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Chad E. Finn

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Chad E. Finn

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Michael Dossett and Chad E. Finn

The large raspberry aphid (Amphorophora agathonica Hottes) is an important vector of viruses in Rubus L. across North America. Although breeding for aphid resistance has long been recognized as an important tool for protecting red raspberries (Rubus idaeus L.) from viral infection, this is the first report of resistance to A. agathonica in black raspberry (Rubus occidentalis L.). Seedlings from 132 wild populations of black raspberries, representing the species' native range, were screened for resistance to A. agathonica. Strong resistance was found in three of these populations, one from Ontario (ORUS 3778), one from Maine (ORUS 3817), and one from Michigan (ORUS 4109). Resistance to the large raspberry aphid in ORUS 3778 and ORUS 3817 is dominant and appears to be conferred by different genes. We propose that the genes for resistance in ORUS 3778 and ORUS 3817 be designated Ag4 and Ag5, respectively. Resistance to A. agathonica in ORUS 4109 also appears to be controlled by a dominant allele at a single locus, but cannot be differentiated from Ag4 at this time.

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Jack Pinkerton and Chad E. Finn

The relative susceptibility of 44 genotypes of wild Fragaria L. and commercial cultivars of strawberry Fragaria ×ananassa Duch. to Meloidogyne hapla Chitwood and Pratylenchus penetrans (Cobb) Filipjev & Shuurmans Stekhoven was evaluated in the greenhouse. Eleven genotypes were highly resistant to populations of M. hapla from Washington State and Oregon, with Rf values (initial nematode density/final population density) less than 0.5. However, root growth of most genotypes, including resistant genotypes, was reduced by M. hapla. Thirteen genotypes were ranked more resistant to P. penetrans than F. ×ananassa `Totem', a susceptible cultivar. Root growth of most genotypes was not affected by P. penetrans under these experimental conditions. We conclude that commercial cultivars and wild Fragaria genotypes can provide a readily exploitable source of resistance to M. hapla. Conversely, sources of resistance to P. penetrans were uncommon in the germplasm evaluated. The F. ×ananassa cultivars, which already have commercially important characteristics, appear to be a better source of resistance for both nematode species than the wild, unimproved germplasm.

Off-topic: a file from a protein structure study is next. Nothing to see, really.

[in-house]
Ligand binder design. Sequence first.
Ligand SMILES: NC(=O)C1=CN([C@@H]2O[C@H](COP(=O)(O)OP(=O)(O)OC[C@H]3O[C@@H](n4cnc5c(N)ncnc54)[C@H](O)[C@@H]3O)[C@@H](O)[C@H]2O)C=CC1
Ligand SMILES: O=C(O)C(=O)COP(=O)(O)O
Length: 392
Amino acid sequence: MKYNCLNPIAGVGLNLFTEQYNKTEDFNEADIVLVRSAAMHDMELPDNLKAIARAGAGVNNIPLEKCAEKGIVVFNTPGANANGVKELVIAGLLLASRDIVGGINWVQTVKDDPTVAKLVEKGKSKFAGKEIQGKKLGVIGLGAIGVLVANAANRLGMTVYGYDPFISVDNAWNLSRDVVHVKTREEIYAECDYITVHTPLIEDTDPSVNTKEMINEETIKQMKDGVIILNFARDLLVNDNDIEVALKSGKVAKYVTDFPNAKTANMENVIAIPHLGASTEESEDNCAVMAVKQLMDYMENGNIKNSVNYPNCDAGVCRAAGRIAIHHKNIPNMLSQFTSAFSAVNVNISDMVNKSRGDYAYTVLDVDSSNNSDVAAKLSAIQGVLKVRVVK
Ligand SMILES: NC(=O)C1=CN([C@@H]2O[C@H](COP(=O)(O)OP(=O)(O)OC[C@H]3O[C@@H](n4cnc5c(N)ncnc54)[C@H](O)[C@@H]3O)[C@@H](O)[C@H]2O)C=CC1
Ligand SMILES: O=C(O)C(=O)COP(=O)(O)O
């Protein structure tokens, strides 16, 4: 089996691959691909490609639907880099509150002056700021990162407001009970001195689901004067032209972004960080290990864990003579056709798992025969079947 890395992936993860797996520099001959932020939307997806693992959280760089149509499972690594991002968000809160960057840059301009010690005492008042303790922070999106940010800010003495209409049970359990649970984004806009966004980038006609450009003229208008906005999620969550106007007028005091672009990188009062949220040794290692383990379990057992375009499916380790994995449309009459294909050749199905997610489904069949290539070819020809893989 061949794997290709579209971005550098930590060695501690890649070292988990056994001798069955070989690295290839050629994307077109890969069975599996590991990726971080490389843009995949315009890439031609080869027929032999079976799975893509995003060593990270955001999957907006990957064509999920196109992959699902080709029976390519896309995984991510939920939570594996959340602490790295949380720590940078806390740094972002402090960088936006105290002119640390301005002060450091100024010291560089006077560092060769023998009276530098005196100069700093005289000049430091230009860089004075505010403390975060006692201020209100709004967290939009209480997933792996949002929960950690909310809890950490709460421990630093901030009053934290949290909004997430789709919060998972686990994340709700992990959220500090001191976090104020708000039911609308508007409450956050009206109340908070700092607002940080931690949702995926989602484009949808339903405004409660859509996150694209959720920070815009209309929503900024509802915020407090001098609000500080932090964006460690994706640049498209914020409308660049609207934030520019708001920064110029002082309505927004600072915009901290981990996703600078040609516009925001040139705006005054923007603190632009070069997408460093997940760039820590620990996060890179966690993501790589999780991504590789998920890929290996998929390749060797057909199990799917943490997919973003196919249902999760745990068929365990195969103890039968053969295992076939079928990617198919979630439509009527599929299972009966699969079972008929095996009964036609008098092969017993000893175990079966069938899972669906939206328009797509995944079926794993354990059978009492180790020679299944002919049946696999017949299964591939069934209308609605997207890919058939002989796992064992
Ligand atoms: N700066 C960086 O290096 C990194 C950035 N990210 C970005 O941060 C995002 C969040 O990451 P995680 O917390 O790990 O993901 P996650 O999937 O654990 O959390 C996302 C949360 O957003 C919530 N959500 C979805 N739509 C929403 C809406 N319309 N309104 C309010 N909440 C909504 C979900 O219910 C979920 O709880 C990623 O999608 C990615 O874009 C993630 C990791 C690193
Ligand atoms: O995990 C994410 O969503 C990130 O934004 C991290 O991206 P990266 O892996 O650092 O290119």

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James W. Olmstead and Chad E. Finn